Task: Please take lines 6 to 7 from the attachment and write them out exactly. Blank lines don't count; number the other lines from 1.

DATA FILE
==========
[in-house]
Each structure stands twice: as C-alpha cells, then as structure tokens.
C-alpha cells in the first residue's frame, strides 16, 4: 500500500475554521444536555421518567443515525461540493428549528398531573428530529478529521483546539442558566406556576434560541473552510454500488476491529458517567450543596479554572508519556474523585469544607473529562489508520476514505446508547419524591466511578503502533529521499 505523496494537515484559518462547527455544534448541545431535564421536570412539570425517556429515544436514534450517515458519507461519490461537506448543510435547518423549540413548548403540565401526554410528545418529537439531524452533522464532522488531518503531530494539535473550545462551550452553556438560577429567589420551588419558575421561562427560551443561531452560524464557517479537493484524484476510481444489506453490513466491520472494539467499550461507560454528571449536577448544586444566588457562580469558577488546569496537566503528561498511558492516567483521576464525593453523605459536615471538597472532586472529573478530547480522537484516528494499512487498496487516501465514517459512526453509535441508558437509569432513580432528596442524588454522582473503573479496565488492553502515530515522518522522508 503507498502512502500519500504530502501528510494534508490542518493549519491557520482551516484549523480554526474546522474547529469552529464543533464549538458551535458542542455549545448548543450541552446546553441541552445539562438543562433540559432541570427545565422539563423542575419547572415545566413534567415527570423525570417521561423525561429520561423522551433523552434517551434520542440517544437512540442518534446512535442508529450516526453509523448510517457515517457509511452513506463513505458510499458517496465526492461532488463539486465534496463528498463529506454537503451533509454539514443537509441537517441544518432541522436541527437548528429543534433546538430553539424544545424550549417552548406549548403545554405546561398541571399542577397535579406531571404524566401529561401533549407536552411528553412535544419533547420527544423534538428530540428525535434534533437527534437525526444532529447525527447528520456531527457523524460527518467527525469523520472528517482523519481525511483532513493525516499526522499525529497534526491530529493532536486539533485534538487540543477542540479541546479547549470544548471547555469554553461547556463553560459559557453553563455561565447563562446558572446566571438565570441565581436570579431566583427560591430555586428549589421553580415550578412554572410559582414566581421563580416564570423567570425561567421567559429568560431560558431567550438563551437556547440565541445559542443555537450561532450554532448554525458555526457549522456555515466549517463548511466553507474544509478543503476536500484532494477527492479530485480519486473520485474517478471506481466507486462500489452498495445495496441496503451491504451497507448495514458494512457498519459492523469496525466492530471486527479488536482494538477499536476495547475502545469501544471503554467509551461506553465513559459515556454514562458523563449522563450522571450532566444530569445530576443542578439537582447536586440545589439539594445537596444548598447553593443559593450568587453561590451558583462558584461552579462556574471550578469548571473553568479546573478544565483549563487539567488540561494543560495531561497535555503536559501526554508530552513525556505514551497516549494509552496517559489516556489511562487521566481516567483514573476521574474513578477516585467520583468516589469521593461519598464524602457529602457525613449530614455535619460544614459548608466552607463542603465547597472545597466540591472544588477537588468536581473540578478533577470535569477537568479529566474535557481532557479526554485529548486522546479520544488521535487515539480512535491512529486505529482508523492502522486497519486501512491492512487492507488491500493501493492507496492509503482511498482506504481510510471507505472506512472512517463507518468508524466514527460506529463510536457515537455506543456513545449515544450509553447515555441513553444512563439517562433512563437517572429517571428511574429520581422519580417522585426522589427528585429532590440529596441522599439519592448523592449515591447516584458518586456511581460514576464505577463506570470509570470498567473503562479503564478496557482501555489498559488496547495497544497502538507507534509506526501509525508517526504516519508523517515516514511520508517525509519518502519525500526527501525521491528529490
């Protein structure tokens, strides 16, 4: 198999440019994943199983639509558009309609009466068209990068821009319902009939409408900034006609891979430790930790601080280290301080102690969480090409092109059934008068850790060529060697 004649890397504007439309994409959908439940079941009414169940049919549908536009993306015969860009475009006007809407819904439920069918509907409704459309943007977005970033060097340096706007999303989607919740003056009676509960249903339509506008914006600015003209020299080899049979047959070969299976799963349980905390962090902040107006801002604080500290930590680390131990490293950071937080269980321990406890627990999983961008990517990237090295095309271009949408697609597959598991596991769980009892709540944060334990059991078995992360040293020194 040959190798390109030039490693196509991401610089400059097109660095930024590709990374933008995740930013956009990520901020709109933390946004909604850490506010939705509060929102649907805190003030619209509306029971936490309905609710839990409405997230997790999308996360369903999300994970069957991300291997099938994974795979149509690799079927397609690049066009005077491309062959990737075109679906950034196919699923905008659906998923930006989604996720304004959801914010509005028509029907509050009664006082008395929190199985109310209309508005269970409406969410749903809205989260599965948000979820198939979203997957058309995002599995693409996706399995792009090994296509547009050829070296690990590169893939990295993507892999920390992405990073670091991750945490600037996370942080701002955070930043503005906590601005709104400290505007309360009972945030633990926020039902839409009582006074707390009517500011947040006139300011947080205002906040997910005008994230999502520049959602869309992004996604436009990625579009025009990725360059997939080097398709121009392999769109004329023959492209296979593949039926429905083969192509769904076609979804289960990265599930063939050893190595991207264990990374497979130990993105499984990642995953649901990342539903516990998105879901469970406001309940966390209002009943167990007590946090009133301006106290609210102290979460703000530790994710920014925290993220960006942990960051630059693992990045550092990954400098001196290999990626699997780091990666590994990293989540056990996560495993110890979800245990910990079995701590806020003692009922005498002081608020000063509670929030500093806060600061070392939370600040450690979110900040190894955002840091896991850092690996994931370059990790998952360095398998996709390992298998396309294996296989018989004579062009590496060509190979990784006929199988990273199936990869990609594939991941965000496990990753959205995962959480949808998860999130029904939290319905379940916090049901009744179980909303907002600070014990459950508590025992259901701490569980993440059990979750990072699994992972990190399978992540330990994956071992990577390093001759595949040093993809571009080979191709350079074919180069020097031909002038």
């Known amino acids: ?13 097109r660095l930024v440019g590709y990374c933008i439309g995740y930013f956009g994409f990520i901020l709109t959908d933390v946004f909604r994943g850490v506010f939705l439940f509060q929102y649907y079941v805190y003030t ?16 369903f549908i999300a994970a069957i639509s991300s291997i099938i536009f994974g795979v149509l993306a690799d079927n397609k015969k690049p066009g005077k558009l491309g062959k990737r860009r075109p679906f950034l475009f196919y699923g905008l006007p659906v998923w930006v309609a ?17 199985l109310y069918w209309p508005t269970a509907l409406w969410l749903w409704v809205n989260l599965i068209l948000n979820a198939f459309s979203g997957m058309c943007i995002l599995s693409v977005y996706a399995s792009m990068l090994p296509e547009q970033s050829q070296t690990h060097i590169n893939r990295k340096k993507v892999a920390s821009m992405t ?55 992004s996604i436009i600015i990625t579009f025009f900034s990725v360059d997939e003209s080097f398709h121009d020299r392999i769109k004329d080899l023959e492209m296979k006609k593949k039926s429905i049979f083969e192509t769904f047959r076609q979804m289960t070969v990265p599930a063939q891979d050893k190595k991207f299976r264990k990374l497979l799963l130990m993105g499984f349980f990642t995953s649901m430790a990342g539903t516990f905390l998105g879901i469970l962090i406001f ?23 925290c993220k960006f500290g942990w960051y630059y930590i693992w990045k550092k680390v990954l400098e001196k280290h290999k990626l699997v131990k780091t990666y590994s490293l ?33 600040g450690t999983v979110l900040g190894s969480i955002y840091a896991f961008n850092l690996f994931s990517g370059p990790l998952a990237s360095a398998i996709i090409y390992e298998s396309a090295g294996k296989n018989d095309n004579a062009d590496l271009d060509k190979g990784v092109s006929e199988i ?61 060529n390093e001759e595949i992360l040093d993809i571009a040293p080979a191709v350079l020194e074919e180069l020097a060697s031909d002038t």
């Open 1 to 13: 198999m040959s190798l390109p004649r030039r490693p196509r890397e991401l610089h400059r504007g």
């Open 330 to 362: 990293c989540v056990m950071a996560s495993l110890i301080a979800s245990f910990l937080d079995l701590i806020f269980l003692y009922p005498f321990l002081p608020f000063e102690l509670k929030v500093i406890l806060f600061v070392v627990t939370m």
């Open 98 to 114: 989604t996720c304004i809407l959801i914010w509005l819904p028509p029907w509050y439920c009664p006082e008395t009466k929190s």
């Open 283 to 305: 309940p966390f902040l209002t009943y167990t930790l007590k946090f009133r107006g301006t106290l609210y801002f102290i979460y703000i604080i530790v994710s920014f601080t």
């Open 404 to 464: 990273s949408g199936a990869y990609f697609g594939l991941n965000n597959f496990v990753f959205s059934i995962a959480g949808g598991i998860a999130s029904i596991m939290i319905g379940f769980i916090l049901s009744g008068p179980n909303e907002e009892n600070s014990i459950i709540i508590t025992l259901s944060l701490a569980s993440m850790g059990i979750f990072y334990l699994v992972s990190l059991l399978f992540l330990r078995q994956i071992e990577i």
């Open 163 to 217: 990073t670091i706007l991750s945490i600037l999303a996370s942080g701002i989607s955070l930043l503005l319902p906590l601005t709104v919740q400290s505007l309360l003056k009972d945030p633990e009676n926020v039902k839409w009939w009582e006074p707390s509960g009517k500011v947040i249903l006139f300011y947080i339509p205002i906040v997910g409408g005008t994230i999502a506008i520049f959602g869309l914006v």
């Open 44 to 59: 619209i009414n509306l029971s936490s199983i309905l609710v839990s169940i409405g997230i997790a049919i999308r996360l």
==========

């Open 1 to 13: 198999m040959s190798l390109p004649r030039r490693p196509r890397e991401l610089h400059r504007g």
């Open 330 to 362: 990293c989540v056990m950071a996560s495993l110890i301080a979800s245990f910990l937080d079995l701590i806020f269980l003692y009922p005498f321990l002081p608020f000063e102690l509670k929030v500093i406890l806060f600061v070392v627990t939370m």